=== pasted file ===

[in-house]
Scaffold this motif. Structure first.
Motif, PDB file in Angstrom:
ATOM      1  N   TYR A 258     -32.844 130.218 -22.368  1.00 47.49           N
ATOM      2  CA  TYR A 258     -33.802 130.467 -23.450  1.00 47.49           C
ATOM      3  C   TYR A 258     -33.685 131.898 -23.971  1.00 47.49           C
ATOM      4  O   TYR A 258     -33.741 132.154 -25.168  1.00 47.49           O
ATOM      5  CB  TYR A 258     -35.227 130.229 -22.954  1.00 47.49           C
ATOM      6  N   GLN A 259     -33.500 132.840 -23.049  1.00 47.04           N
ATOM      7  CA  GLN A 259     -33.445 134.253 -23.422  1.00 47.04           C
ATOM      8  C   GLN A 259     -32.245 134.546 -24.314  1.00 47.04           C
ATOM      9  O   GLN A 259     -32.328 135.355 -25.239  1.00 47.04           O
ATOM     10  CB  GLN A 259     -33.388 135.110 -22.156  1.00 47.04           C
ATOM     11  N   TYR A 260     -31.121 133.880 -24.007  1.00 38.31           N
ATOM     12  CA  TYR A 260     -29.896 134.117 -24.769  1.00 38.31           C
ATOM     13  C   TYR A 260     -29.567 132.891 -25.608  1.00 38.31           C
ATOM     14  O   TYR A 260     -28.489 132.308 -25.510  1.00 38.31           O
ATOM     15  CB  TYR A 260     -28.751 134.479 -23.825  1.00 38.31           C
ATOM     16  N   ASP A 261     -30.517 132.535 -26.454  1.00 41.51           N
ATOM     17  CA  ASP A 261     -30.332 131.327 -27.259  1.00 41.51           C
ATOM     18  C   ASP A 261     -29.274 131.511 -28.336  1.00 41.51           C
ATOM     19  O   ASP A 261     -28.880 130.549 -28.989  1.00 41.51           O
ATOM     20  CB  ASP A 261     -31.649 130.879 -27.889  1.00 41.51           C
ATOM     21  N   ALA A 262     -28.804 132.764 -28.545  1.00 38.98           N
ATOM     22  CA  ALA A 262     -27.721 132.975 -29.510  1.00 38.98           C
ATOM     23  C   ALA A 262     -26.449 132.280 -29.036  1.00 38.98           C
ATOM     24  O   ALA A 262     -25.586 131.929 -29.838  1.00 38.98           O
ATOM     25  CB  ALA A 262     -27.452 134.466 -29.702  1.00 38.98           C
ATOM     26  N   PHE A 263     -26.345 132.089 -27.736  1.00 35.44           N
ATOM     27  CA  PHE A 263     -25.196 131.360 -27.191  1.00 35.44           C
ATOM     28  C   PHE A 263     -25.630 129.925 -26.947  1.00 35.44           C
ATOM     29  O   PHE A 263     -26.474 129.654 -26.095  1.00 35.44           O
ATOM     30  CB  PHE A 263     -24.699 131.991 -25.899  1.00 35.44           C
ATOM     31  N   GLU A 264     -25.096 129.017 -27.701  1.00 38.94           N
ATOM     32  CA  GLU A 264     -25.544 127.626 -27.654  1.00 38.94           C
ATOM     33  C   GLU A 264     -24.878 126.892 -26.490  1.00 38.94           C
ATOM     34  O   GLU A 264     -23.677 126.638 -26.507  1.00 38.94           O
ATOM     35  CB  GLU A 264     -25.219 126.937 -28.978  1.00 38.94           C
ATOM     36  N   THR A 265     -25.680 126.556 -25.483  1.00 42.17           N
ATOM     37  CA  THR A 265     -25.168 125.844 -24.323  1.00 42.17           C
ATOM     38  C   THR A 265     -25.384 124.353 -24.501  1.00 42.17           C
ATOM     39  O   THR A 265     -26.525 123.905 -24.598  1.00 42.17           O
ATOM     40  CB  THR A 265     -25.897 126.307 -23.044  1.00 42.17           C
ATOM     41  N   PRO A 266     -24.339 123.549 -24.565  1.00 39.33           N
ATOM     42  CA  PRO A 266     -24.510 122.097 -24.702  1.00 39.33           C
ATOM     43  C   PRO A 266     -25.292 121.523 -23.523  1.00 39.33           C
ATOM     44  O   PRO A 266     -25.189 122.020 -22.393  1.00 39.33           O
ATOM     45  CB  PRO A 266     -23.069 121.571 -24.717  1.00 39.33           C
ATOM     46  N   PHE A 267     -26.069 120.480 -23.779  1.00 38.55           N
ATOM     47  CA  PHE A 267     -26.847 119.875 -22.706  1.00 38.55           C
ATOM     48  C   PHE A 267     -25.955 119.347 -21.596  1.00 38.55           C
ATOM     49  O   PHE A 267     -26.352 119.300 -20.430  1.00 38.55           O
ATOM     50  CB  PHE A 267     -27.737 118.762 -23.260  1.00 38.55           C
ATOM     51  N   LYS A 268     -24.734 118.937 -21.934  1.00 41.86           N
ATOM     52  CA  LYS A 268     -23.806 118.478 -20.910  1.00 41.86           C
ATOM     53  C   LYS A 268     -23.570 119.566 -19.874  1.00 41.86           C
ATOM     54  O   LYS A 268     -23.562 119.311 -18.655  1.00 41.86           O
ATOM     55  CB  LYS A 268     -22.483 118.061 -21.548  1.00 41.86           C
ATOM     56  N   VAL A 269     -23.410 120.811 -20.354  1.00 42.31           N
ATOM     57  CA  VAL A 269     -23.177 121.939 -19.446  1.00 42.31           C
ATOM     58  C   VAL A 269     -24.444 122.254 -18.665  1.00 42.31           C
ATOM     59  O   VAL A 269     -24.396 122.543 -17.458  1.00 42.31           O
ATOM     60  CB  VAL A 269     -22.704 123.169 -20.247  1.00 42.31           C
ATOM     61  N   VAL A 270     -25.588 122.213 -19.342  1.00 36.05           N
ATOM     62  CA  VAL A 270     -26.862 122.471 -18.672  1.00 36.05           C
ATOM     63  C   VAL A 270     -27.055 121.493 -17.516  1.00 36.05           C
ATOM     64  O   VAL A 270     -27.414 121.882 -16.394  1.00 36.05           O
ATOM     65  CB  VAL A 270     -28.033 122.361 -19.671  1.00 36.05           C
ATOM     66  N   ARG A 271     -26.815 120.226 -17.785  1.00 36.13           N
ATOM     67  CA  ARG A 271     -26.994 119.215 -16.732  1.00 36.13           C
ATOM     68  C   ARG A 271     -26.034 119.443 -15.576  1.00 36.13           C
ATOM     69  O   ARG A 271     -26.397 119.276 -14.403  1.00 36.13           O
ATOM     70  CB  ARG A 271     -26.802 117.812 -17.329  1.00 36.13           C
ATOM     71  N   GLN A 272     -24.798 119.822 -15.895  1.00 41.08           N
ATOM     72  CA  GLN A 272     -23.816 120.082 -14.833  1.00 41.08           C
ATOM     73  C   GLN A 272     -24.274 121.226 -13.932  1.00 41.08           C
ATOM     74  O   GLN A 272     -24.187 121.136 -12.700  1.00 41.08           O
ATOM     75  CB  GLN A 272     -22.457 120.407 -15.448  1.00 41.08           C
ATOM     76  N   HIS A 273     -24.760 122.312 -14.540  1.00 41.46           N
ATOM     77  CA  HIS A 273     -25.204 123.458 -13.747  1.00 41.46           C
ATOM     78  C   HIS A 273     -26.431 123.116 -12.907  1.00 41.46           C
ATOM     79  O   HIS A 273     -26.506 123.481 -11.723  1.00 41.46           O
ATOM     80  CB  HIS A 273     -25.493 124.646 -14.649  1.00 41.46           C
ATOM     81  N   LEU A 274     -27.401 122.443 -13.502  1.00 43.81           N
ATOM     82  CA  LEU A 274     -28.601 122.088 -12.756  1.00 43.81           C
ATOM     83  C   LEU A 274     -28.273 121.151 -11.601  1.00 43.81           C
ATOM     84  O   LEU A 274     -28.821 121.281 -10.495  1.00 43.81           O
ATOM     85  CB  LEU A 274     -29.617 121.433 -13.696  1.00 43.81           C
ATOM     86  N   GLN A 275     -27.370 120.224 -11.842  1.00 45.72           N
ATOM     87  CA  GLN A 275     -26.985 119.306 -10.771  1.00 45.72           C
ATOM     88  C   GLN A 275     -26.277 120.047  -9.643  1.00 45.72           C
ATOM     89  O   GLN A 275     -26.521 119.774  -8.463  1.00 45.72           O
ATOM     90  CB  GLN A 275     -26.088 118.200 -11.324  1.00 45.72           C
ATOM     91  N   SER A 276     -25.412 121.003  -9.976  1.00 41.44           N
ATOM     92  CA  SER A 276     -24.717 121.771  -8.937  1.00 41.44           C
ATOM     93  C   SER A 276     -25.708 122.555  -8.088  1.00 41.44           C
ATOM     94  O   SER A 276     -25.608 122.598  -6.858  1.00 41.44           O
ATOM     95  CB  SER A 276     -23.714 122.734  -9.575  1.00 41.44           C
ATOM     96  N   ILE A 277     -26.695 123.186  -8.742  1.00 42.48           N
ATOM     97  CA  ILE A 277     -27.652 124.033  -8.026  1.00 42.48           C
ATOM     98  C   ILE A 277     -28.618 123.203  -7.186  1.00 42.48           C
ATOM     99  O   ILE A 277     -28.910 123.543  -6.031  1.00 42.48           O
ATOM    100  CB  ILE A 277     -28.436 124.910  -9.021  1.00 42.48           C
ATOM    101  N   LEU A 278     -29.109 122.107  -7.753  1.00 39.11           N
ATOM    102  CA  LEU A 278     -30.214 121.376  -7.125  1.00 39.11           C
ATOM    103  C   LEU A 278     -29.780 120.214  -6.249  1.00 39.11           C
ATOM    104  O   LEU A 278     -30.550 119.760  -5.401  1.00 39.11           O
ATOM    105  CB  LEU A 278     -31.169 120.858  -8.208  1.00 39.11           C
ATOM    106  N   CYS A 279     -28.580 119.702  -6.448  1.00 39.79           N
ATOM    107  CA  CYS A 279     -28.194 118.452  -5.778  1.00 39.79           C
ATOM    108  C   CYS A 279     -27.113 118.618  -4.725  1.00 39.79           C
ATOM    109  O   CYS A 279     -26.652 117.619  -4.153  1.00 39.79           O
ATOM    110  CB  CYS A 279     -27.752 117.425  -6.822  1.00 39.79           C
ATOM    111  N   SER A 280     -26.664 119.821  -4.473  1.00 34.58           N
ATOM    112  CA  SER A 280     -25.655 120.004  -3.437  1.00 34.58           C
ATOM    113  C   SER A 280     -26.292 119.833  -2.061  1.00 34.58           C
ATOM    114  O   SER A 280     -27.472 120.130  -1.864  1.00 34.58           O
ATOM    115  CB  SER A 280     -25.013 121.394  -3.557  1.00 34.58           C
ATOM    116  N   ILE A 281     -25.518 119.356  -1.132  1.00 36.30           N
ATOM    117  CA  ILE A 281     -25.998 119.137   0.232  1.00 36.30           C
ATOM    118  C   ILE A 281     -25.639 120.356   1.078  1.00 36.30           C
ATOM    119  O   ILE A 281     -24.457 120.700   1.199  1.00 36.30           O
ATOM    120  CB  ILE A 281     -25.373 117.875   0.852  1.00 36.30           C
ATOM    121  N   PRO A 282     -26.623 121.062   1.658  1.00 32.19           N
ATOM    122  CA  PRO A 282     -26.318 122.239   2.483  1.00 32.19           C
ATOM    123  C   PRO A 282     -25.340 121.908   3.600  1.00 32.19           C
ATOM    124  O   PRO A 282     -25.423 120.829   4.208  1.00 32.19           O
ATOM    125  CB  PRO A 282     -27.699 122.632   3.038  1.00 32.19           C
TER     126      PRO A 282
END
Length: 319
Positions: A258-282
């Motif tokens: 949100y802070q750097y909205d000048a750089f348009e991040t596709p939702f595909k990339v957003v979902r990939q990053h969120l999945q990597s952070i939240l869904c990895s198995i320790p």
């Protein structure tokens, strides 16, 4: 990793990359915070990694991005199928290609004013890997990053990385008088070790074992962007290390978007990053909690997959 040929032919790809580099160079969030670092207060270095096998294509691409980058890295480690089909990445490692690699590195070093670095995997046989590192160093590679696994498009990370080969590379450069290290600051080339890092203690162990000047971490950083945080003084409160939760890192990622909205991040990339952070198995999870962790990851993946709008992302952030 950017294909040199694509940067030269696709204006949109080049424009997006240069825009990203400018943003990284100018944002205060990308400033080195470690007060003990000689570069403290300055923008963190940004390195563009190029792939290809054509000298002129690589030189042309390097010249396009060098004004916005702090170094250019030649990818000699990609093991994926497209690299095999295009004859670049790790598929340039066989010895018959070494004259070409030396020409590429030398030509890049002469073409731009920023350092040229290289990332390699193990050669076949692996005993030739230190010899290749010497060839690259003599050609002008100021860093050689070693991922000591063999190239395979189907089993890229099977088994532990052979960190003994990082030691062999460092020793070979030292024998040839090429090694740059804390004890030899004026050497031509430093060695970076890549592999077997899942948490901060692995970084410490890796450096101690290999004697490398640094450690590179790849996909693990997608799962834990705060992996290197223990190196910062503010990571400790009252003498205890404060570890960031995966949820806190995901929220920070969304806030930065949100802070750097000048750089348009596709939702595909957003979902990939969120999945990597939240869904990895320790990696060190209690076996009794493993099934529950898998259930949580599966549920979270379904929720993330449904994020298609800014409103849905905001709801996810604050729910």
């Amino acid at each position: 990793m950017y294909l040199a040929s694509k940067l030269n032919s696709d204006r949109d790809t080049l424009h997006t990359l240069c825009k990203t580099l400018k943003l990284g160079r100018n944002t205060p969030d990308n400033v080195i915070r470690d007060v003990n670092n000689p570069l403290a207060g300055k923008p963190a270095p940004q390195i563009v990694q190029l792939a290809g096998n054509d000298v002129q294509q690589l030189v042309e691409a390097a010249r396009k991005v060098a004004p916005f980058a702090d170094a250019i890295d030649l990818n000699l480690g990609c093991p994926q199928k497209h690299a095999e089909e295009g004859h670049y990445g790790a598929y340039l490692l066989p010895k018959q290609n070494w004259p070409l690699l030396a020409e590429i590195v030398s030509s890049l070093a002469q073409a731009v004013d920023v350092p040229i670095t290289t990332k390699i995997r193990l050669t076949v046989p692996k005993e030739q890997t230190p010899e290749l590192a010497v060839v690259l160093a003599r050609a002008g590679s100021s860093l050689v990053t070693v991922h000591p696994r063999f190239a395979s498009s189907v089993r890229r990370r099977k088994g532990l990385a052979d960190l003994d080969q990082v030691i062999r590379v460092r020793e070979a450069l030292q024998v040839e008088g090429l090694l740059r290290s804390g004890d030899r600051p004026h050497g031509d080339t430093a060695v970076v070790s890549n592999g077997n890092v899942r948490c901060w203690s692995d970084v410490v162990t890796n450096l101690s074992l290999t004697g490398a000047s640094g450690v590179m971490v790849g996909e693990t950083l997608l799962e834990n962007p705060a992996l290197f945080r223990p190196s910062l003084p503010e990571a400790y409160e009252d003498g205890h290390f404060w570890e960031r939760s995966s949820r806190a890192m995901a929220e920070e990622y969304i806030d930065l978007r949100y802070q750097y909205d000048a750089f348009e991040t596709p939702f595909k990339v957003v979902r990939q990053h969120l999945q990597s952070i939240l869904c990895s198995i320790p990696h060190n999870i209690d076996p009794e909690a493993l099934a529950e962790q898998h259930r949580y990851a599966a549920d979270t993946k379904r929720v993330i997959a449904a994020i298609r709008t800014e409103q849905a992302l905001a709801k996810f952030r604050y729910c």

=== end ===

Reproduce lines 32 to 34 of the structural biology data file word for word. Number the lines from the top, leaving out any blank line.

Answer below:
ATOM     29  O   PHE A 263     -26.474 129.654 -26.095  1.00 35.44           O
ATOM     30  CB  PHE A 263     -24.699 131.991 -25.899  1.00 35.44           C
ATOM     31  N   GLU A 264     -25.096 129.017 -27.701  1.00 38.94           N